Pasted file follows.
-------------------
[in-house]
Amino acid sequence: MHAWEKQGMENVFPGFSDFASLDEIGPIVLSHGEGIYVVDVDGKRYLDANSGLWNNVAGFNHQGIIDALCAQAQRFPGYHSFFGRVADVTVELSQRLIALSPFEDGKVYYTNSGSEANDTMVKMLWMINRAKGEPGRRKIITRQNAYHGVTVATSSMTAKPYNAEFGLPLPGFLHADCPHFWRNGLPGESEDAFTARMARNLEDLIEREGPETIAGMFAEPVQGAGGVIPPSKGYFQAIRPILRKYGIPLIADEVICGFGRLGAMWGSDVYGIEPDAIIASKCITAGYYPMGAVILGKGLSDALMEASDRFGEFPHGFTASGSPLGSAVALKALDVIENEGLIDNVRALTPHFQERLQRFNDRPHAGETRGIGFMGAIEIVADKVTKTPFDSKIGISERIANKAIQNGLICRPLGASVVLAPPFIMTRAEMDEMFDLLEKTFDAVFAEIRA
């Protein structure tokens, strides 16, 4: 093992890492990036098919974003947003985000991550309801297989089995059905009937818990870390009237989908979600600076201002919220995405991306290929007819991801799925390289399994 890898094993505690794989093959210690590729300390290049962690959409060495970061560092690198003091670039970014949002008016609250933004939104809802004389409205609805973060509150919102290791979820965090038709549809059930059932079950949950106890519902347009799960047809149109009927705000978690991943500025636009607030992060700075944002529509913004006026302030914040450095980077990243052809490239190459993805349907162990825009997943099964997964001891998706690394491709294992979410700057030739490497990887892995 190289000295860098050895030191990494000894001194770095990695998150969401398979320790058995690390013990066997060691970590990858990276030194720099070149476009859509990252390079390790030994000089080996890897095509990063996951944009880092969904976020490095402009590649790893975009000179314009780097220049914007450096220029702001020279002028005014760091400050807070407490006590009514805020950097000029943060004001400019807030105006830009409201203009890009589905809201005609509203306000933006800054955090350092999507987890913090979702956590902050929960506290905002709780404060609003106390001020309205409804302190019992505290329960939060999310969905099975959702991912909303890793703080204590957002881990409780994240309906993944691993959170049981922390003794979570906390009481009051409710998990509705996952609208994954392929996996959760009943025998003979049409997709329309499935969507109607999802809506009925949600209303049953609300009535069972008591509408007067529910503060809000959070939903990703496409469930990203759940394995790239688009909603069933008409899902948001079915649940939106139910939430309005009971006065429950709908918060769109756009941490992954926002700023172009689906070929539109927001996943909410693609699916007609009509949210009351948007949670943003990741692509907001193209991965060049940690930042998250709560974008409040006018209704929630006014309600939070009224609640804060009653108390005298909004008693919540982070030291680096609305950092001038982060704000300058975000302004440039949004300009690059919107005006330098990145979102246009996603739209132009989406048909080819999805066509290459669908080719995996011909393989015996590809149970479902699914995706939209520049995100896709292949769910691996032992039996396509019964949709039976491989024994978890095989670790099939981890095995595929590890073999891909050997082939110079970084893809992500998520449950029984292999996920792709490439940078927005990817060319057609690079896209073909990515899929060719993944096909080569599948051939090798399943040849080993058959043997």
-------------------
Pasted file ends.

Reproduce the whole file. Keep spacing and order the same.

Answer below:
[in-house]
Amino acid sequence: MHAWEKQGMENVFPGFSDFASLDEIGPIVLSHGEGIYVVDVDGKRYLDANSGLWNNVAGFNHQGIIDALCAQAQRFPGYHSFFGRVADVTVELSQRLIALSPFEDGKVYYTNSGSEANDTMVKMLWMINRAKGEPGRRKIITRQNAYHGVTVATSSMTAKPYNAEFGLPLPGFLHADCPHFWRNGLPGESEDAFTARMARNLEDLIEREGPETIAGMFAEPVQGAGGVIPPSKGYFQAIRPILRKYGIPLIADEVICGFGRLGAMWGSDVYGIEPDAIIASKCITAGYYPMGAVILGKGLSDALMEASDRFGEFPHGFTASGSPLGSAVALKALDVIENEGLIDNVRALTPHFQERLQRFNDRPHAGETRGIGFMGAIEIVADKVTKTPFDSKIGISERIANKAIQNGLICRPLGASVVLAPPFIMTRAEMDEMFDLLEKTFDAVFAEIRA
């Protein structure tokens, strides 16, 4: 093992890492990036098919974003947003985000991550309801297989089995059905009937818990870390009237989908979600600076201002919220995405991306290929007819991801799925390289399994 890898094993505690794989093959210690590729300390290049962690959409060495970061560092690198003091670039970014949002008016609250933004939104809802004389409205609805973060509150919102290791979820965090038709549809059930059932079950949950106890519902347009799960047809149109009927705000978690991943500025636009607030992060700075944002529509913004006026302030914040450095980077990243052809490239190459993805349907162990825009997943099964997964001891998706690394491709294992979410700057030739490497990887892995 190289000295860098050895030191990494000894001194770095990695998150969401398979320790058995690390013990066997060691970590990858990276030194720099070149476009859509990252390079390790030994000089080996890897095509990063996951944009880092969904976020490095402009590649790893975009000179314009780097220049914007450096220029702001020279002028005014760091400050807070407490006590009514805020950097000029943060004001400019807030105006830009409201203009890009589905809201005609509203306000933006800054955090350092999507987890913090979702956590902050929960506290905002709780404060609003106390001020309205409804302190019992505290329960939060999310969905099975959702991912909303890793703080204590957002881990409780994240309906993944691993959170049981922390003794979570906390009481009051409710998990509705996952609208994954392929996996959760009943025998003979049409997709329309499935969507109607999802809506009925949600209303049953609300009535069972008591509408007067529910503060809000959070939903990703496409469930990203759940394995790239688009909603069933008409899902948001079915649940939106139910939430309005009971006065429950709908918060769109756009941490992954926002700023172009689906070929539109927001996943909410693609699916007609009509949210009351948007949670943003990741692509907001193209991965060049940690930042998250709560974008409040006018209704929630006014309600939070009224609640804060009653108390005298909004008693919540982070030291680096609305950092001038982060704000300058975000302004440039949004300009690059919107005006330098990145979102246009996603739209132009989406048909080819999805066509290459669908080719995996011909393989015996590809149970479902699914995706939209520049995100896709292949769910691996032992039996396509019964949709039976491989024994978890095989670790099939981890095995595929590890073999891909050997082939110079970084893809992500998520449950029984292999996920792709490439940078927005990817060319057609690079896209073909990515899929060719993944096909080569599948051939090798399943040849080993058959043997």